Relationships aren’t easy. Whether it’s between a husband and wife, parent and child, brother and sister or longtime friends, keeping a relationship strong and healthy is as challenging as it is rewarding. It’s been said time and again: you have to be willing to do the work. You have to listen as well as you talk and give as much as you receive to foster a thriving relationship that stands the test of time. There will be moments when it seems impossible and moments that take your breath away. And while you can read every helpful book on the shelves about how to create and preserve a solid connection with a loved one, sometimes the best way to learn is through the examples of others. Here, two tales of relationship success offer precedents not only for sustaining an already good relationship, but also for finding ways to adjust when a relationship changes. Through these stories, you may just uncover the nugget of wisdom you need to make the most of the relationships in your own life.
Clay and Anne Preston: Practice Makes Perfect
Clay Preston didn’t know what to think when his younger brother, who was away at college, called him up one day. Clay's brother said he knew a girl that his older brother just had to meet. Her name was Anne, and it turned out that Clay’s brother was right.
“He had good intuition,” Anne says. “I knew from the beginning—from the moment I saw Clay—that I was going to be with this man for the rest of my life.” In addition to the physical chemistry they shared, Anne was enamored with Clay’s energy, sense of humor and calm mysteriousness. Clay in turn fell in love with Anne’s “amazing outlook on life,” he recalls. “She had this tremendously positive way of seeing things, and I had never met anyone who was more generous with people than her.”
Clay and Anne Preston married at her parents’ home in the North Georgia Mountains on May 31, 1980. And after 30 years of marriage, they are as much in love today as they were the afternoon they walked down the aisle. They are the parents of two children: Helen, 26, and Paul, 24. And although their relationship has always been solid and healthy, they have gone through their fair share of trials and tribulations—struggles that would have tested even the most steadfast of couples.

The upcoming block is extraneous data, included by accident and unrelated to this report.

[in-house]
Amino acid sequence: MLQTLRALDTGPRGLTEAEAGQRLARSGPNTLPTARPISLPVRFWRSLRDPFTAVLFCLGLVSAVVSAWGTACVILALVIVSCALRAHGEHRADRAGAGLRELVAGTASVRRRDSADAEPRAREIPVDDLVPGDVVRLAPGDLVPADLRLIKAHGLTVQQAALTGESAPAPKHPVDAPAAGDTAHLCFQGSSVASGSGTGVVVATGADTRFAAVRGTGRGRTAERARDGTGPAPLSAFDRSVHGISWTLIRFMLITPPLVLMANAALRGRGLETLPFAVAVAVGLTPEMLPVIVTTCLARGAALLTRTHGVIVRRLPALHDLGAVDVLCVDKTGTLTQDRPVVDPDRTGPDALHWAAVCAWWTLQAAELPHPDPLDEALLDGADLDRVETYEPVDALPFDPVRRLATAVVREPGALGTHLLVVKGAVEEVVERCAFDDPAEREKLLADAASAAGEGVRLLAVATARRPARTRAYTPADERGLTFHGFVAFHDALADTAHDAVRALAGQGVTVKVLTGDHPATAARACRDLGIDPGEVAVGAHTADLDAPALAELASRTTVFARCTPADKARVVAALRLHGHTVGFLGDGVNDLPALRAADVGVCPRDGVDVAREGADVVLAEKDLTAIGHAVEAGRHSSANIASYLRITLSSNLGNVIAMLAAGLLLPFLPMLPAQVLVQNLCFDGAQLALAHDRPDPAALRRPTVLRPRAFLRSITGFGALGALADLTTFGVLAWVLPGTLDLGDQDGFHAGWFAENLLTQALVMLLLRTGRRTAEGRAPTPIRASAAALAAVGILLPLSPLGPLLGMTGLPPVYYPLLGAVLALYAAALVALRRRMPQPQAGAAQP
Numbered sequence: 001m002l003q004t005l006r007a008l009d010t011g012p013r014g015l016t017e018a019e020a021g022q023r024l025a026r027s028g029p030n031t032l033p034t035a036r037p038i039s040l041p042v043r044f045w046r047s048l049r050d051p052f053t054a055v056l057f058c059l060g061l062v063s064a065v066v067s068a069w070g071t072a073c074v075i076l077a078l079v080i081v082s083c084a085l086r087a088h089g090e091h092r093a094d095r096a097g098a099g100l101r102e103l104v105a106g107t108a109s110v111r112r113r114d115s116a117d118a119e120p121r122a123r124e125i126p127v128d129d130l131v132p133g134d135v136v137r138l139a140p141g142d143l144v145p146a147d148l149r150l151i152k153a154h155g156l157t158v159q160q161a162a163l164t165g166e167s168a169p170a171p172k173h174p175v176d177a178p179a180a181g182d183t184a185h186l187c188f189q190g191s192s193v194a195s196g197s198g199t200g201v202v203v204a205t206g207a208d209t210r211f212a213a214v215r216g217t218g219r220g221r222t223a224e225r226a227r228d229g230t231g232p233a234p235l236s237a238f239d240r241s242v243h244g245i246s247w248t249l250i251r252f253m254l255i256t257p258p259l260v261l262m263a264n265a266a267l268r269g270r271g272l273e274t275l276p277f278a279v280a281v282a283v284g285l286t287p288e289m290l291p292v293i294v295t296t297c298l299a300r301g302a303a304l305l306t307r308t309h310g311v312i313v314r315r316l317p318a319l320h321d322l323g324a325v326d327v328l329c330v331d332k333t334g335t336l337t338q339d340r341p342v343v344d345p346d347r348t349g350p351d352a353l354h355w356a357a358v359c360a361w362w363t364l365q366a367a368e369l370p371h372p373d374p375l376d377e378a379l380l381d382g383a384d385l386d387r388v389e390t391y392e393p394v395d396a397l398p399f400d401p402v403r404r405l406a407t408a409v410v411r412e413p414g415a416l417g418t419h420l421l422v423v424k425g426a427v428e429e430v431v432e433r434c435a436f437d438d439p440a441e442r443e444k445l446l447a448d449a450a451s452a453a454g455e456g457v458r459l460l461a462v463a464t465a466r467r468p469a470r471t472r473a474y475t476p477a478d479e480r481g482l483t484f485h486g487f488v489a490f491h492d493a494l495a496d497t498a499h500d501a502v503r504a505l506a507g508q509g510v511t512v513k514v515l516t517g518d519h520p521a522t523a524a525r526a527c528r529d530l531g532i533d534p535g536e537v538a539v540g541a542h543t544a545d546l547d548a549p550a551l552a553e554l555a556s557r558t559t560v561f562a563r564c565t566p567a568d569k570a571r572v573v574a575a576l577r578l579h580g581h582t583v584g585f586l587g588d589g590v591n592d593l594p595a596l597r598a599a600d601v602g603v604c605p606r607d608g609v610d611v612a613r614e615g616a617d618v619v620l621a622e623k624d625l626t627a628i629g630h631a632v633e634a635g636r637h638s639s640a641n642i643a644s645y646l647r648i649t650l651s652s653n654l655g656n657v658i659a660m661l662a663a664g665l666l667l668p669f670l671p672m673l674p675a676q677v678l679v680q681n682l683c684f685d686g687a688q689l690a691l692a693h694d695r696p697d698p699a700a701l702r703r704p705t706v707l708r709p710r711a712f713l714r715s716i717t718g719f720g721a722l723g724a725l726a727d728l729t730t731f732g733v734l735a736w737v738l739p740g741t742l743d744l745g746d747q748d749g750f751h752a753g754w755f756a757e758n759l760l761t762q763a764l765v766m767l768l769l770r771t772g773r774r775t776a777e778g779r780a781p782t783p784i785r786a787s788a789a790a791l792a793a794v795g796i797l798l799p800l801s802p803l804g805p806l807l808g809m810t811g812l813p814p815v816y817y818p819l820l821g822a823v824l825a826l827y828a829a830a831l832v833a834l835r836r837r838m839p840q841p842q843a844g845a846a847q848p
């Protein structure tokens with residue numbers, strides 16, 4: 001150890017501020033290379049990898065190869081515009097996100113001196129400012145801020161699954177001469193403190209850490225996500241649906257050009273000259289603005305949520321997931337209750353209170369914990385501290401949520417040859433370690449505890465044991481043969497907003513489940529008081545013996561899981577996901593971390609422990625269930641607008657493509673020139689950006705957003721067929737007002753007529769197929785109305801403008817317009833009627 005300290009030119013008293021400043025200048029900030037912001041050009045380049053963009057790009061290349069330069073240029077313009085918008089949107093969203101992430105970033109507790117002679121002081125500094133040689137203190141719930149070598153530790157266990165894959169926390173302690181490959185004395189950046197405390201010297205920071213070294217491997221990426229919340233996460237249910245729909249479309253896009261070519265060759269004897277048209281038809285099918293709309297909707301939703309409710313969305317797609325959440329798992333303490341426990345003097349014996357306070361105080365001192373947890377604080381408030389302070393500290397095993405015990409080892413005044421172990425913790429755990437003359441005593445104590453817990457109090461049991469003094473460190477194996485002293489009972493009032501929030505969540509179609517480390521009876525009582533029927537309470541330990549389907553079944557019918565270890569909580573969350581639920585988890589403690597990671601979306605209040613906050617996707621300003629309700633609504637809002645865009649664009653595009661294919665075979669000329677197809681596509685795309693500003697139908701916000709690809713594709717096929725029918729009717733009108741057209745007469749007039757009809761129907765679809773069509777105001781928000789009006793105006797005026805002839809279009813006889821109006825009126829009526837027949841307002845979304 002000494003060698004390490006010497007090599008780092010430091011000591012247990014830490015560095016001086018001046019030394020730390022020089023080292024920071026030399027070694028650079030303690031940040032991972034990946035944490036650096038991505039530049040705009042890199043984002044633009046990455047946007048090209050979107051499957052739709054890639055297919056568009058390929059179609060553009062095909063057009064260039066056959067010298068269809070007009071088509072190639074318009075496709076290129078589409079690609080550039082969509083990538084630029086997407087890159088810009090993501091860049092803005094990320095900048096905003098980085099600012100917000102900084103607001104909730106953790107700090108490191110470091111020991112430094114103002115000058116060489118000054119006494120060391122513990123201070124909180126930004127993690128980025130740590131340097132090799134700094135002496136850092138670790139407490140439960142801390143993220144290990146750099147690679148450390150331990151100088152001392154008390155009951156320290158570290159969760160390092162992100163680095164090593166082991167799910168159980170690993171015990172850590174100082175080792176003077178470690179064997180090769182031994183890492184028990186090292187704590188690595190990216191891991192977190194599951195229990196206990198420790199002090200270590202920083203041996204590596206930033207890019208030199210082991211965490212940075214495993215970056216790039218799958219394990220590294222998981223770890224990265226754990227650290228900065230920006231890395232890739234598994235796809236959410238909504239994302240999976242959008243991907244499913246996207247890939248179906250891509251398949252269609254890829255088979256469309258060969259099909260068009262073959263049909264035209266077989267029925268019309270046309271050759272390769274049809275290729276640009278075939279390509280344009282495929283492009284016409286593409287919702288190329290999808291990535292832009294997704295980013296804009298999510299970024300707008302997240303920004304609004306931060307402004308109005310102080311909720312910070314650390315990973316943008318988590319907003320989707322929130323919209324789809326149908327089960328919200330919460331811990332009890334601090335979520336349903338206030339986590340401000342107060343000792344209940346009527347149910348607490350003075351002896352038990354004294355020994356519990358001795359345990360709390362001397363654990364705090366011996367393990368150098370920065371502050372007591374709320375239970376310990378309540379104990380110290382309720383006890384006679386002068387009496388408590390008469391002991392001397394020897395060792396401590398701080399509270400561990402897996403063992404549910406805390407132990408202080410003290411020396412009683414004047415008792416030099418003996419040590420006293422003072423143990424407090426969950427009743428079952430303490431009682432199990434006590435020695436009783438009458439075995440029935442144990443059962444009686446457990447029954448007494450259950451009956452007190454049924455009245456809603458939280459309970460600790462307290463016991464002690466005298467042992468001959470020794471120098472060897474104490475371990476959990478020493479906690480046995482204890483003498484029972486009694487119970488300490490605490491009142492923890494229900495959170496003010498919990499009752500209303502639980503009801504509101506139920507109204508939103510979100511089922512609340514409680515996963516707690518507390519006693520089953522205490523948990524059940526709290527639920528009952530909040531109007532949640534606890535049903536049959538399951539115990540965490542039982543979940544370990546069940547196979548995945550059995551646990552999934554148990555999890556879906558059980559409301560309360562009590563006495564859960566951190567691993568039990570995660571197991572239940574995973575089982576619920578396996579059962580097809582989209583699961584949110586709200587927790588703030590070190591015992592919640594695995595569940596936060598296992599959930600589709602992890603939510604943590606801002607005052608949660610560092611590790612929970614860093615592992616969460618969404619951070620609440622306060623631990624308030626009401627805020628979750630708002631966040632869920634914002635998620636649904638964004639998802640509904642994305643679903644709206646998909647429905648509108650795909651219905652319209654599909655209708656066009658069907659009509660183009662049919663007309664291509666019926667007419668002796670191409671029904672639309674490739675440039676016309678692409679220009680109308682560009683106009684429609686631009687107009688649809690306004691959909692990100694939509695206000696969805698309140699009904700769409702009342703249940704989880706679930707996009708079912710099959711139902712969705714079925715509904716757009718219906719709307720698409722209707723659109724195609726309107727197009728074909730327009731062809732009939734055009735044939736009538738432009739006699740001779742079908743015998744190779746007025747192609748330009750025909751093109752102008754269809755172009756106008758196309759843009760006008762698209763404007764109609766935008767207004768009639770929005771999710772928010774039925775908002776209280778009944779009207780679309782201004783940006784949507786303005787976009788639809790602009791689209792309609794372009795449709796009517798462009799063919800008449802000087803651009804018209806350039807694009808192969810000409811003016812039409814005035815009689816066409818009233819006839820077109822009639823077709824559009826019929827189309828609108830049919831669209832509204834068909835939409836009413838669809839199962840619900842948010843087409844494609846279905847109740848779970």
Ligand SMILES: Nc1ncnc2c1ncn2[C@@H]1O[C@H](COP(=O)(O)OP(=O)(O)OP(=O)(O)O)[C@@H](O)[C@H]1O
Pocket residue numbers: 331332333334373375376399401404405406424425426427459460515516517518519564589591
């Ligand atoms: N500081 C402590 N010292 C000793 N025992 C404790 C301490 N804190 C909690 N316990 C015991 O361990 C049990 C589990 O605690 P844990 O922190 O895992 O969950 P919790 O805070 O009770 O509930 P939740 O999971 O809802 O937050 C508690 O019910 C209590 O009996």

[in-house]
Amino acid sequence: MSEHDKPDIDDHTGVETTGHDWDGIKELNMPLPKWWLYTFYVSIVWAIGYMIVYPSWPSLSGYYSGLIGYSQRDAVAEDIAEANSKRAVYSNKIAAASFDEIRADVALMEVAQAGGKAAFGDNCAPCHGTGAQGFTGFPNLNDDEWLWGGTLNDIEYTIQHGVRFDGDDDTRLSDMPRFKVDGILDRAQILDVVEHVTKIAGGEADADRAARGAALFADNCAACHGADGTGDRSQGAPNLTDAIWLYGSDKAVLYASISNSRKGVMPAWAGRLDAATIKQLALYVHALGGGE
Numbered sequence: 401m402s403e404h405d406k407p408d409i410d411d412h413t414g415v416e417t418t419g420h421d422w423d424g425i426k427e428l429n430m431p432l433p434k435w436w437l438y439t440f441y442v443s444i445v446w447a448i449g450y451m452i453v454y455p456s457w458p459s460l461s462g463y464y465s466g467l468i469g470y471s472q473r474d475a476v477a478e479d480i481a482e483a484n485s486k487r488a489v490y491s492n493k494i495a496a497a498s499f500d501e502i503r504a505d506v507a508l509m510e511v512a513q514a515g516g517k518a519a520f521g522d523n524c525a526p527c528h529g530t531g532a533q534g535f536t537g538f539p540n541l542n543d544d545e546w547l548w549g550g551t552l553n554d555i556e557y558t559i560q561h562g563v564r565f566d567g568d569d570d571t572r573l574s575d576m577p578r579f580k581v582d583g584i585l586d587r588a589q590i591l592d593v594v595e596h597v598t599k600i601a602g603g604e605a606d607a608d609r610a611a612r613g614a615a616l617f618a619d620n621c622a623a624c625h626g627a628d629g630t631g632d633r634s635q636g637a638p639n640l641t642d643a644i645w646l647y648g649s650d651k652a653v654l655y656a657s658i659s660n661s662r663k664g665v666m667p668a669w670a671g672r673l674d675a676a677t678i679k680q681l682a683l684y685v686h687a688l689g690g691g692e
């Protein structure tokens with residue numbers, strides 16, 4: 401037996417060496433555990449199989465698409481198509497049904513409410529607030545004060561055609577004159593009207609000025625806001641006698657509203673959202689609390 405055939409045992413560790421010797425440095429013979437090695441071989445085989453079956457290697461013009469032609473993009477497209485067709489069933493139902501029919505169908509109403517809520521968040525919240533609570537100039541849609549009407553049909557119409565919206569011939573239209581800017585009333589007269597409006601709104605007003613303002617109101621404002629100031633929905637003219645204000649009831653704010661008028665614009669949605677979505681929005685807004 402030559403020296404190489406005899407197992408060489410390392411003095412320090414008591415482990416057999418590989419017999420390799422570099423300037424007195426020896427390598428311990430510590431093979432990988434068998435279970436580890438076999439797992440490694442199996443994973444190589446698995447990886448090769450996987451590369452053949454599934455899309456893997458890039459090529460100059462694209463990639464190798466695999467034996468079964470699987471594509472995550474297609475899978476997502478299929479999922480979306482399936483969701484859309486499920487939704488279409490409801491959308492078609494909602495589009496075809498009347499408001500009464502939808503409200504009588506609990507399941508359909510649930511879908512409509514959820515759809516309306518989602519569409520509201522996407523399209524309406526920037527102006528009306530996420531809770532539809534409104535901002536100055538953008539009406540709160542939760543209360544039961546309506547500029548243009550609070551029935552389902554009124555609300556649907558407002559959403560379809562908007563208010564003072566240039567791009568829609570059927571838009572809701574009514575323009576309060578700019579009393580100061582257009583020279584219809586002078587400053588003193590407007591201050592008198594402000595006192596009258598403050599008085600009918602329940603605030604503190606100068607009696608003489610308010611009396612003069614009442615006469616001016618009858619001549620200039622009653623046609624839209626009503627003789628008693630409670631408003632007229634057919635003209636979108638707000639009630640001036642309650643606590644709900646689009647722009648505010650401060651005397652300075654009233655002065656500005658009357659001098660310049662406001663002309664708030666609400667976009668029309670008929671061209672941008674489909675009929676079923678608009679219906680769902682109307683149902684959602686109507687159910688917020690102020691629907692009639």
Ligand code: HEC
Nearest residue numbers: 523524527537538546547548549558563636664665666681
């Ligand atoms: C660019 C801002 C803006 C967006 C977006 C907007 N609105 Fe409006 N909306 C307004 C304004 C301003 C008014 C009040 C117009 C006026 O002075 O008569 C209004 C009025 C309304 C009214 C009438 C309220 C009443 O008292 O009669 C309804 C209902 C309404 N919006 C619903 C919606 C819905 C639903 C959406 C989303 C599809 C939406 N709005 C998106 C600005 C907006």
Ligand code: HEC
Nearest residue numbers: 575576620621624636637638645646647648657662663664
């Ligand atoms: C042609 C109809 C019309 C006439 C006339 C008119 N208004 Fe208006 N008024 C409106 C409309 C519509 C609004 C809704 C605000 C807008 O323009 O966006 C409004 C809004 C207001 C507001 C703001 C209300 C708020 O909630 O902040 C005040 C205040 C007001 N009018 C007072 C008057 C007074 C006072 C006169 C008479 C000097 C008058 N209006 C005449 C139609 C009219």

When Helen was only 11, she developed a serious eating disorder that took her more than four years to fully recover from. It was during that time that Clay and Anne had to lean on each other for support. “We had to grow up in a hurry,” Anne says.
“We had to pull together and say, ‘This is life and death. We have to be a strong couple to give her the strength she needs to get better.” Clay adds, “We had to be selfless for her to survive. We had to learn to give up our own petty complaints and focus on what she needed. And we made that decision mutually.” They even had to decide to live apart for a year while Anne stayed close to the out-of-state treatment facility they had chosen for their daughter; Clay stayed back in Atlanta with their son. “That was when we became the closest emotionally,” Anne observes.
During the experience, Clay and Anne realized that they had to strive to create a truly stable home environment for their daughter upon her return home. They decided to do some “outside work” to better themselves as well as their relationship and chose a personal development program through Landmark Education, a global educational enterprise. Through various courses and weekend seminars, they learned about themselves individually and how they could progress. “It was very constructive for us,” Clay reveals. Ann continues, “Because we did that, we were able to bring ourselves as healthy individuals into our life as a couple.” The Landmark program also opened the door for Clay and Anne to participate in other similar activities, such as Couples Coaching Couples (CCC), which they began 7 years ago.